By combining observations at gamma-ray and radio wavelengths, astronomers have rapidly increased the known number of millisecond pulsars in the Milky Way. The newly discovered pulsars, found using NASA's Fermi Gamma-ray Space Telescope and ground-based radio telescopes, could form part of a galactic-scale observatory for detecting hitherto elusive gravitational waves.

Gravitational waves are ripples in the fabric of space–time that Einstein's theory of general relativity predicts will occur whenever massive bodies are accelerated. Gravity waves at relatively high frequencies of about 1 Hz could be produced by the merger of neutron stars, for example. Physicists hope to detect such waves using a number of huge laser interferometers. These devices rely on the interference of two laser beams arranged at right angles to one another, with any passing wave producing a miniscule shift in the interference pattern.

An alternative, and cheaper, way to detect gravitational waves is to utilize millisecond pulsars – the extremely dense remnants of burnt-out stars that emit well-defined beams of electromagnetic radiation that sweep round like a beam from a lighthouse. Certain kinds of older pulsar can spin extremely rapidly and send out hundreds of pulses per second. These frequencies vary by less than a microsecond over very long periods of time and such pulsars therefore make ideal timekeepers.

All in the timing

The time it takes for these pulses to arrive at a radio telescope would be changed very slightly by any gravitational wave passing between pulsar and telescope. Therefore, by measuring the changes in the relative timing of large numbers of such pulsars, each with a different line of sight to the Earth, it should be possible to reveal the presence of a gravitational wave as well as record its direction of propagation and polarization.

Separated from one another by thousands of light years, these pulsars would enable the detection of waves with frequencies of nanohertz, which could be produced from sources such as black-hole binaries, which form when galaxies merge, or the "cosmic strings" believed to have existed in the early universe.

Millisecond pulsars were first discovered almost 30 years ago but the huge amount of telescope and computing time needed to find them using sky surveys at radio wavelengths has meant they have remained a relative rarity. Until recently astronomers had uncovered only about 150 of them, some 90 of which were grouped tightly together in star clusters and therefore unsuited for detecting gravitational waves. Now, however, Paul Ray of the Naval Research Laboratory in Washington, DC and colleagues have accelerated this discovery process by using the Fermi satellite's Large Area Telescope.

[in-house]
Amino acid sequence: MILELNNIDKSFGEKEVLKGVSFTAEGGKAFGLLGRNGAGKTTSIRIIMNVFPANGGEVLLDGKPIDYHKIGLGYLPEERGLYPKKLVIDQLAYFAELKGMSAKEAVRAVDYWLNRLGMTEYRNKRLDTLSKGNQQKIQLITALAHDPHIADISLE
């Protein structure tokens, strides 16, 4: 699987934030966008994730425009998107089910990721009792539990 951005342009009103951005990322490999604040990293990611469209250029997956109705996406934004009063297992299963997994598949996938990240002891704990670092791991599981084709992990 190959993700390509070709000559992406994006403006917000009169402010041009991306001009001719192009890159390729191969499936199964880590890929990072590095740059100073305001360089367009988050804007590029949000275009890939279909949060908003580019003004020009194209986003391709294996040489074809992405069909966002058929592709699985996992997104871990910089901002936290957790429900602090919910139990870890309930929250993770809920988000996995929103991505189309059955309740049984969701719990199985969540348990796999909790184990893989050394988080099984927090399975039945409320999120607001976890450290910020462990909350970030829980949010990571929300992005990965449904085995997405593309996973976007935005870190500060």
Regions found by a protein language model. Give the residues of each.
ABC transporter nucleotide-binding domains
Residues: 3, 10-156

This instrument has been surveying the heavens at gamma-ray wavelengths since August 2008 and in that time has uncovered some 1000 new sources of gamma rays. Ray suspected that some of these sources were pulsars and so set up a team of astronomers to analyse them in finer detail using a number of radio telescopes around the world, including the Green Bank Telescope in West Virginia and the Parkes Observatory in Australia. After just three months of analysis on a fraction of the Fermi data, Ray and colleagues have found 17 new millisecond pulsars, and he reckons that they might double this number by studying the remaining unidentified sources.

With a little luck

Ray believes that "with continued good luck discovering millisecond pulsars and enough dedicated telescope time", gravitational waves might be detected using a pulsar array within the next decade. He points out that astronomers in the US, Europe and Australia are currently putting together proposals to increase the fraction of time devoted to pulsar observations on facilities such as the Green Bank and Parkes telescopes and to develop advanced software to process the huge amounts of data involved. He adds there is a small chance that a pulsar array might scoop the interferometers in making the first direct detection of gravity waves.

One of the physicists working on interferometers, Jim Hough of the University of Glasgow, agrees that pulsar timing is a good way to search for gravity waves at extremely low frequencies. He believes that if astronomers observe 20 pulsars with a timing precision of better than 100 nanoseconds for five years then they would "have a very good possibility of observing gravitational-wave signals."

The research was reported at a meeting of the American Astronomical Society in Washington, DC.